Fascinating venue, overall good step free access but a couple of things to be aware of
This review is especially helpful for those who have or use the following: Walking Aid
The Vaults is an alternative theatre/ comedy venue located in converted railway arches and tunnels underneath Waterloo Station. It's more accessible than it might first sound, with step free access and accessible toilets, but there are a couple of things to look out for, such as very low lighting levels and the underground tunnels and venue areas might feel claustrophobic to some people. I visited to see a performance of "What The Dolls Saw" a dark comedy thriller by The House of Macabre. It was part of the Vaults Festival and it's limited run there ended on 9th February 2020. The play was brilliant a darkly gothic thriller with comedy, music and shadow puppetry and well worth seeing. The performance took place in "The Pit", one of small performance venues in The Vaults.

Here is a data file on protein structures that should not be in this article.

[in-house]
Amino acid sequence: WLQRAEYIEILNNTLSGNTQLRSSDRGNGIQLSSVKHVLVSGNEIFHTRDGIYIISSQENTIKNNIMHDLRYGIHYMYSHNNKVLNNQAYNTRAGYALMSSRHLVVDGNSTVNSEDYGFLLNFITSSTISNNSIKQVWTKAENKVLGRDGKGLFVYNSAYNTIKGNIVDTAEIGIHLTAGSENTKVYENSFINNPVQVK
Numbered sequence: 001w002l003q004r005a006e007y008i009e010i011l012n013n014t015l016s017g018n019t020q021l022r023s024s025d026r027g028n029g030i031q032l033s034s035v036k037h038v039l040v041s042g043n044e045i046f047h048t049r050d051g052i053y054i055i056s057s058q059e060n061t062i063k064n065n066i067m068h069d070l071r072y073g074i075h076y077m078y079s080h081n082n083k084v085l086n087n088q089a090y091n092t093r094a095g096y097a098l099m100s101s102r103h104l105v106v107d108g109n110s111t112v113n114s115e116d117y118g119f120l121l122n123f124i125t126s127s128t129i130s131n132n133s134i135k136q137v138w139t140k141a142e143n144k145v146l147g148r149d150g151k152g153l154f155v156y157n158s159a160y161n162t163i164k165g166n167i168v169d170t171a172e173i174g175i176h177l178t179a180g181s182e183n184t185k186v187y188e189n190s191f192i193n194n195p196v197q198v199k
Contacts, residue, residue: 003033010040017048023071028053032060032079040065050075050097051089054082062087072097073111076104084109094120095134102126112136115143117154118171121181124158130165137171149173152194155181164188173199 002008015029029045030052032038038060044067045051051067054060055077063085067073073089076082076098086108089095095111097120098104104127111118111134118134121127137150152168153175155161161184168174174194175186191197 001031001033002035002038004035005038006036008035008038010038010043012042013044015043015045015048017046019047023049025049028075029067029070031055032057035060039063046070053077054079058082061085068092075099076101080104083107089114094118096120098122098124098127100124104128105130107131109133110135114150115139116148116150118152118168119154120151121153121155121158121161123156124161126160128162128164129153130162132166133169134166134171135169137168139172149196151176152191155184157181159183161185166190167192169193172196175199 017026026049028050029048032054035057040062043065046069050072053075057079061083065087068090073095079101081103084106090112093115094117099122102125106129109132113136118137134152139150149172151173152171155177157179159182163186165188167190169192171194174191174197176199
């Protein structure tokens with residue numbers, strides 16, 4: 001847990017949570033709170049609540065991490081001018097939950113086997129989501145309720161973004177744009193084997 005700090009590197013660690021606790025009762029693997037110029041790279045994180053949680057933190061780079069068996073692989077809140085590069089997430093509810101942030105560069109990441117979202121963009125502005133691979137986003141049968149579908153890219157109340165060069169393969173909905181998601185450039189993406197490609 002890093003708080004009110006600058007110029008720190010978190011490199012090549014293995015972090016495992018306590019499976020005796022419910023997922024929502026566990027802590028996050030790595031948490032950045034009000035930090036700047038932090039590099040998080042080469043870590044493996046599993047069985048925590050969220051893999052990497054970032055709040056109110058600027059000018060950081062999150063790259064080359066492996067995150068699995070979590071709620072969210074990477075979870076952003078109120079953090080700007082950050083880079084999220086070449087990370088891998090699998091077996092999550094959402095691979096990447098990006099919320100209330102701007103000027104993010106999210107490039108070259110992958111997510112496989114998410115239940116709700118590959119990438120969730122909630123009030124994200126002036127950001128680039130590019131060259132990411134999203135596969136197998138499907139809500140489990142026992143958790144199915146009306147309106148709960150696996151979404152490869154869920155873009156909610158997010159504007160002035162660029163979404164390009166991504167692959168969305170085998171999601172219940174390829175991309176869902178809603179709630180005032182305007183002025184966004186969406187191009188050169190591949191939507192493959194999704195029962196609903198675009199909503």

Transport & Parking
The nearest tube station is Waterloo. However only the Jubilee line has step free access. There are several buses that stop close by.